Secondly, the positioning of Frenkie de Jong was a lot advanced, bringing the best out of him. Unlike the last two games, where he was placed much deeper and wider on average, last night he had more freedom to venture up and also drift a bit centrally. On average, he took up a higher position than Pjanic and took part in a lot of the attacking moves, while the Bosnian was tasked with the deeper progressions.
Ferencvaros started out in a 4-2-3-1 as well, but soon evolved into a 4-1-4-1/4-5-1 structure and settled into it for the game. Their midfield was very compact, and mostly stayed deep. Their idea was to use counters, with Tokmak Chol Nguen the only player taking up advanced positions to lead their attacks.
Attacks and Buildups
Barcelona posted very impressive attacking stats for the game.
Barcelona dominated possession as usual, but the biggest positive takeaway are the pressing numbers. The Blaugranas posted impressive PPDA (Passes per Defensive Action) numbers as compared to their opposition. It also indicates that a lot of the game was played in the opposition’s half, showing dominance in the game. The shot maps and the xG flowcharts show how imperative Barcelona were throughout the game, and that a lot of the shots were excellent chances to score.
Next we take a look a gallery of all the goals scored by Barcelona, and the lone goal scored by Ferencvaros to discuss the difference in ideologies of the two teams.
While Barcelona’s first goal took a came solely as a result of moments of individual brilliance by Messi, all of the other goals came through wonderful intricate buildup. Both sets of wide players were very well-utilized, who were able to play out through pressure no matter where the buildup started.
The buildup to the second goal culminated in a wonderful lofted pass by Frenkie de Jong to Ansu Fati, who slotted it past Ferencvaros’ hapless goalkeeper with a first-time finish. Fati was involved in the third goal as well. An intricate set up of passes in the final third led to Messi finding Fati with a pass, who back-flicked into the path of Coutinho, who made no mistake slotting it into the bottom corner.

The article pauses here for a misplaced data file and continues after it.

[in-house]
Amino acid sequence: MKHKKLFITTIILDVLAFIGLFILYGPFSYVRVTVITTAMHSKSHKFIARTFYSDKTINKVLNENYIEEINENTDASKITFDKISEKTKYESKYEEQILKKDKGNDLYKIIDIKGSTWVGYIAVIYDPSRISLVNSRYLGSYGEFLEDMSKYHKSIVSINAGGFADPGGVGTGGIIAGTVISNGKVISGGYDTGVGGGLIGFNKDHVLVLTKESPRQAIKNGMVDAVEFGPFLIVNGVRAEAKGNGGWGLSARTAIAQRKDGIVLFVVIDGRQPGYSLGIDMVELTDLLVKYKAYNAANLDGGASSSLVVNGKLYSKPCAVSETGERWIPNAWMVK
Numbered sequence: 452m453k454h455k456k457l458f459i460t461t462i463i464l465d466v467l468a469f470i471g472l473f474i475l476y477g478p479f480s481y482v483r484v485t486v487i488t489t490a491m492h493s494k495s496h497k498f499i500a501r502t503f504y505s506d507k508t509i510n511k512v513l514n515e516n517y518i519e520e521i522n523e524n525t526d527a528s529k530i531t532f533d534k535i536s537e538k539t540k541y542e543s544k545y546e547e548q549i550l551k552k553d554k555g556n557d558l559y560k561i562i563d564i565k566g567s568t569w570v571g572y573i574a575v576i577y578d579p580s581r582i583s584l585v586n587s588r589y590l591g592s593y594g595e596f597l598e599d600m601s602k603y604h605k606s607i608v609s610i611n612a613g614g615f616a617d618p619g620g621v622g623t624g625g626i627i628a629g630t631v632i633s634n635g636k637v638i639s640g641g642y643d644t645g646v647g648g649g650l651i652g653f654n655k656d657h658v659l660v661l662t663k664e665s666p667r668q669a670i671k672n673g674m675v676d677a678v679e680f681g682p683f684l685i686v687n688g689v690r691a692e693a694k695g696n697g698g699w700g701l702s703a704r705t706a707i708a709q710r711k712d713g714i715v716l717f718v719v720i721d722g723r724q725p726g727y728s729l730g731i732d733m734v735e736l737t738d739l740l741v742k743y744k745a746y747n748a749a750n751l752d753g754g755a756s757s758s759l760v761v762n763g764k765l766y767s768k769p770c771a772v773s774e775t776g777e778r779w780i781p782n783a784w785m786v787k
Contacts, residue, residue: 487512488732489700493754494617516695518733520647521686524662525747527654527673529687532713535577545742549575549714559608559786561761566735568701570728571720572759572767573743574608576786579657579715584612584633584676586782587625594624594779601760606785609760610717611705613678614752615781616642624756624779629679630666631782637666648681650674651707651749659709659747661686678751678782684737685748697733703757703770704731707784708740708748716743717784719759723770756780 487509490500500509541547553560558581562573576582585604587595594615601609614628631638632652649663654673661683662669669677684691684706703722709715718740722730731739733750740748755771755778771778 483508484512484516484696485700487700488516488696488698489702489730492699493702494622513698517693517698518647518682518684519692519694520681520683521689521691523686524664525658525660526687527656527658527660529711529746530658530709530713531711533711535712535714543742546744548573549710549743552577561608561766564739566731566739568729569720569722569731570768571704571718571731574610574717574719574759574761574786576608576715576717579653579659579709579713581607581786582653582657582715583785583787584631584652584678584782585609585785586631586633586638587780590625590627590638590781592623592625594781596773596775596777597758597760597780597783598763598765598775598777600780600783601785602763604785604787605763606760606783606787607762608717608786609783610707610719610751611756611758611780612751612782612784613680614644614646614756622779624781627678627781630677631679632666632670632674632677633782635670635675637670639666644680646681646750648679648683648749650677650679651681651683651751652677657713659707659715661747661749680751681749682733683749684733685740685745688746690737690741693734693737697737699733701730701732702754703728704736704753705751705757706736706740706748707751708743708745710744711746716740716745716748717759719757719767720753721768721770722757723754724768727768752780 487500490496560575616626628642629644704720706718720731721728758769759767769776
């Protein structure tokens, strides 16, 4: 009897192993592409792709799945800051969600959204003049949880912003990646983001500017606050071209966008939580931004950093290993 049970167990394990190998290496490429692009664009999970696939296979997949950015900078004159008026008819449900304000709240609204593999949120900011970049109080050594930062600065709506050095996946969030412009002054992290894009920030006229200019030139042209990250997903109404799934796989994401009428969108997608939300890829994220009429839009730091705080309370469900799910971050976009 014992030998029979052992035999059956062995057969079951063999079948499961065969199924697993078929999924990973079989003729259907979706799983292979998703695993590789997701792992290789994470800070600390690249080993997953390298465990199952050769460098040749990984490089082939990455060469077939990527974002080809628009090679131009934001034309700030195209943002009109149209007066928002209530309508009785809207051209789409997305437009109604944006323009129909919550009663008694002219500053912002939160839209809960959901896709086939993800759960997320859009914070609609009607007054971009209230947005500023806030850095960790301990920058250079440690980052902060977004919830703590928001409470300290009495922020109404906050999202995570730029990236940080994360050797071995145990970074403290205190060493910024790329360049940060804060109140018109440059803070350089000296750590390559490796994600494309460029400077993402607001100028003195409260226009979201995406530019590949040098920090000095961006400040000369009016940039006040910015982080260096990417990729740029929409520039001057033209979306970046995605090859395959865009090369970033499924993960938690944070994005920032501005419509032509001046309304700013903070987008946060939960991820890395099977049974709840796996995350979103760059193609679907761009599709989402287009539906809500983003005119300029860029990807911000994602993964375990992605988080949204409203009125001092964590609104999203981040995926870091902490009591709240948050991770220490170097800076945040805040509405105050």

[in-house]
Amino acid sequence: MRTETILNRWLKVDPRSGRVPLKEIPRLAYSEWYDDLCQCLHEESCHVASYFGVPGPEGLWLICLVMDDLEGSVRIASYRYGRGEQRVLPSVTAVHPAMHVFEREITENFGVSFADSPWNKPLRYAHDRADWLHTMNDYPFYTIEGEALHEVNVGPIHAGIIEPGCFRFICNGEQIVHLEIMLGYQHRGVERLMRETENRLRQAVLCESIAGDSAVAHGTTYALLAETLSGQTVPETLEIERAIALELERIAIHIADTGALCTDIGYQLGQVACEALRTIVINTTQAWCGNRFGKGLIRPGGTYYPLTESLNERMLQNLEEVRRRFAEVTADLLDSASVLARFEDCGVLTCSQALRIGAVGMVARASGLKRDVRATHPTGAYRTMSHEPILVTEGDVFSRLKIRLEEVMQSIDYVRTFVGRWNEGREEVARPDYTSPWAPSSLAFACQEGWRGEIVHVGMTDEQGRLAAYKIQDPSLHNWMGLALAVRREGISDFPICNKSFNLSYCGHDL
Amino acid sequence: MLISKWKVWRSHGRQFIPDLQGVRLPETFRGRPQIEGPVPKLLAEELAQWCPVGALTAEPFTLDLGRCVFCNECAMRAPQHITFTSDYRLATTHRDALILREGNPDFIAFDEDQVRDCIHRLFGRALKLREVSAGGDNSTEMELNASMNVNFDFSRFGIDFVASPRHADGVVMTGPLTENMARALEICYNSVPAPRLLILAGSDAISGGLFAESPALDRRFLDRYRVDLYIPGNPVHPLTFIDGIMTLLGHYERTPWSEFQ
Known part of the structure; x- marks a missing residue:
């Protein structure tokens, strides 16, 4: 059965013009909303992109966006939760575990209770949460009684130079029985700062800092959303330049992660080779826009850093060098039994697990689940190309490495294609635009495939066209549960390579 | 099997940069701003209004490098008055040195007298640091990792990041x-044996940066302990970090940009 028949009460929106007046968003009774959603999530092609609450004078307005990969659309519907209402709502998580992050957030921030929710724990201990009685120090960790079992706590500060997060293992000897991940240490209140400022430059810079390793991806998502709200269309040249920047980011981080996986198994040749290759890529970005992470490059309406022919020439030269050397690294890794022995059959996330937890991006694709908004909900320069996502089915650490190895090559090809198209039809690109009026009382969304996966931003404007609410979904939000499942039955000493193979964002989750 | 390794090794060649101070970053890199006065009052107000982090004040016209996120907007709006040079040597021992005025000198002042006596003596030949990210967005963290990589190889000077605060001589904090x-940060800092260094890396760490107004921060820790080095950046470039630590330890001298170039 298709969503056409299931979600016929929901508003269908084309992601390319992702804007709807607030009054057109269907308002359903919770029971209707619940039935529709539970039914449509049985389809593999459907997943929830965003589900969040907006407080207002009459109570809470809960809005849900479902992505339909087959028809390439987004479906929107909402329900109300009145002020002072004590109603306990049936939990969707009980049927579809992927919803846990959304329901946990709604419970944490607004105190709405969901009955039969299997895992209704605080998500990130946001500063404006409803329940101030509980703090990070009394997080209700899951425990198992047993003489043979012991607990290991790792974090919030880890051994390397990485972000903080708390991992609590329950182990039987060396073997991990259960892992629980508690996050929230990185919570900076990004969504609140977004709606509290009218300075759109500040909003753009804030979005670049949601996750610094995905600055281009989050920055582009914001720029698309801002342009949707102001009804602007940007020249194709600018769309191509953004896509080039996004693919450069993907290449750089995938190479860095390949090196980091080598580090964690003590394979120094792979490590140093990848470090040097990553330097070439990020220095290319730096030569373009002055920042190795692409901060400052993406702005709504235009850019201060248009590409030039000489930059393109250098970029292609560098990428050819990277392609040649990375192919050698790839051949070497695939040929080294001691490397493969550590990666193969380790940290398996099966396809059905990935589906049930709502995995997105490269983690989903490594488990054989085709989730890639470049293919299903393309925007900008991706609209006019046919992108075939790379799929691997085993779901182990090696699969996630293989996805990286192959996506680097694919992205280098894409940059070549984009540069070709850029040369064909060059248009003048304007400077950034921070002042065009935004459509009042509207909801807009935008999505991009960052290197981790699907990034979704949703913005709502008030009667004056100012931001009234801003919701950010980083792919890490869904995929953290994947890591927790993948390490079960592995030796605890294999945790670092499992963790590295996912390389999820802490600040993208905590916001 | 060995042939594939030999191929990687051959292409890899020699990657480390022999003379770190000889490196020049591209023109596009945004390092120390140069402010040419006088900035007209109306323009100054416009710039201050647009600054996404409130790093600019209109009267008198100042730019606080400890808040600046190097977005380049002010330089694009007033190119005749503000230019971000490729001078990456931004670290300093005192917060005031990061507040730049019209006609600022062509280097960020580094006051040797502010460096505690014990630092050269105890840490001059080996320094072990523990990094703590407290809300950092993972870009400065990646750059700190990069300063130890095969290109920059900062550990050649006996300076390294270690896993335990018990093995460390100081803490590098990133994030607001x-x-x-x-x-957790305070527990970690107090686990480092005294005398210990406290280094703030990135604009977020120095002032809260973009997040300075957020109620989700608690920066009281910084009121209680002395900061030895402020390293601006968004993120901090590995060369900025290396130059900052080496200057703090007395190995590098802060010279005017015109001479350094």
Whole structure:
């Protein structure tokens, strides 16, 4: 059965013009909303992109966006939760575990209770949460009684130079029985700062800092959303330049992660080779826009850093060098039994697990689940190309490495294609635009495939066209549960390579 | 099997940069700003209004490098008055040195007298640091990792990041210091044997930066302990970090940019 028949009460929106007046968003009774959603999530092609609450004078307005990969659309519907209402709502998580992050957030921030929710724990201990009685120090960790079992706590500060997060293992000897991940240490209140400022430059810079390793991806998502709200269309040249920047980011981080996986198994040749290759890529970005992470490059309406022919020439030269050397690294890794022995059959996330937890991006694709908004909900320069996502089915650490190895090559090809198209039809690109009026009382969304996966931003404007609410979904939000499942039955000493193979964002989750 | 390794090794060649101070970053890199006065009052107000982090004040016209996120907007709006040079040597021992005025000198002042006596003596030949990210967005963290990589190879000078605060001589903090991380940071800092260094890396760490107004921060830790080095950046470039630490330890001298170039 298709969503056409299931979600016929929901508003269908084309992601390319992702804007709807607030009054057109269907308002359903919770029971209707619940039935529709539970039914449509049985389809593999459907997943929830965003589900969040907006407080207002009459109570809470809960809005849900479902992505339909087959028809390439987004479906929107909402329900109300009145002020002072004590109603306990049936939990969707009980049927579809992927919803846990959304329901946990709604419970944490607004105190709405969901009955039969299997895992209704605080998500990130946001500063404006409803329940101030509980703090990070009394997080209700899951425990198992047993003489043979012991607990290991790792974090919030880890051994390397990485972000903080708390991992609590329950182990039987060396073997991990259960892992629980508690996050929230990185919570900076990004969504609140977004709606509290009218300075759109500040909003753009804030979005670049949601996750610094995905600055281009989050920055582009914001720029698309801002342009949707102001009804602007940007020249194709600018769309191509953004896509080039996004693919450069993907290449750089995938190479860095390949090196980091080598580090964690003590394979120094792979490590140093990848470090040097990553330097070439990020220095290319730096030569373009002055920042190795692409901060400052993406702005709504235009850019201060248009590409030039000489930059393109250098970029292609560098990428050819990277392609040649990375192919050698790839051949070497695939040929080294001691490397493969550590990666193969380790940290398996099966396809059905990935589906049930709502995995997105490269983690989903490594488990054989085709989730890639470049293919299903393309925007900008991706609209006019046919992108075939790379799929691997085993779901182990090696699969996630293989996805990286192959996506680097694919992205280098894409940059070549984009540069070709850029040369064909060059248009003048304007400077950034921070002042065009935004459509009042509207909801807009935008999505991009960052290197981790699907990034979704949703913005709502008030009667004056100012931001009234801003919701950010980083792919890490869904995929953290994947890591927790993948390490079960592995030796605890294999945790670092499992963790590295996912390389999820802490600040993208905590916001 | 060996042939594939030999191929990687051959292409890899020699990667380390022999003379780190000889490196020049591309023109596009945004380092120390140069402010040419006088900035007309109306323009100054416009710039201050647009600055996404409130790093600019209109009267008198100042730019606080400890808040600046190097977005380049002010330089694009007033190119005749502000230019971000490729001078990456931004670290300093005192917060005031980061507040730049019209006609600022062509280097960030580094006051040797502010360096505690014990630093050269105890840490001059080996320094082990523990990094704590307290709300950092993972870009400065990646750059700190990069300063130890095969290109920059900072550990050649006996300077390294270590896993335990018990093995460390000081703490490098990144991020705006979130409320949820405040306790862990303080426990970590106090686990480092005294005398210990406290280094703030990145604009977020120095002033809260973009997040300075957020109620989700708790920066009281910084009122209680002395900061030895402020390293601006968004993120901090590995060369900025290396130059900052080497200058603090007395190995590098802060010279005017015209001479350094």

In contrasting fashion, Ferencvaros were very direct. It was very clear that Tokmac Nguen was their main danger-man. Nguen created a couple of really dangerous moments in the first half with his threatening runs across the backline. The first effort was called offside, while the second led to him setting up Isael for a thunderous shot against the post.
He was also at the helm of their sole goal of the game, running at Pique, who was unable to keep up with Nguen and hauled him down into the box, leading to a penalty.
Barcelona’s passing was on point against Ferencvaros, helping the team to cover all zones perfectly, stretching the pitch and making it difficult to defend. Most importantly, there were a lot more passes into the box as well exchanges inside the box than the previous two games. Particularly impressive were the utilization of zone 14 and the half-spaces. Here are the dangerous passes portrayed:
The key passes came from multiple zones as well and from multiple sources. Messi had 4, Roberto, Pjanic, Coutinho, and Fati had 2 each, while de Jong, Trincao and Dembele had 1 each:
Finally, we compare the passes completed in the final third by each team, quantified by field tilt – it’s the number of final third passes completed by a team, divided by the sum of final third passes completed by both teams, expressed as a percentage.
Barcelona completed a much greater number of final third passes almost throughout the game except for a small window when Pique received a red card and sent off for fouling Nguen, and Barcelona had to play with 10 men.
Barcelona’s defence closely resembled a 4-4-2 block with Philippe Coutinho and Lionel Messi high up, and sometimes in 4-5-1 as Messi was the sole player allowed to stay up.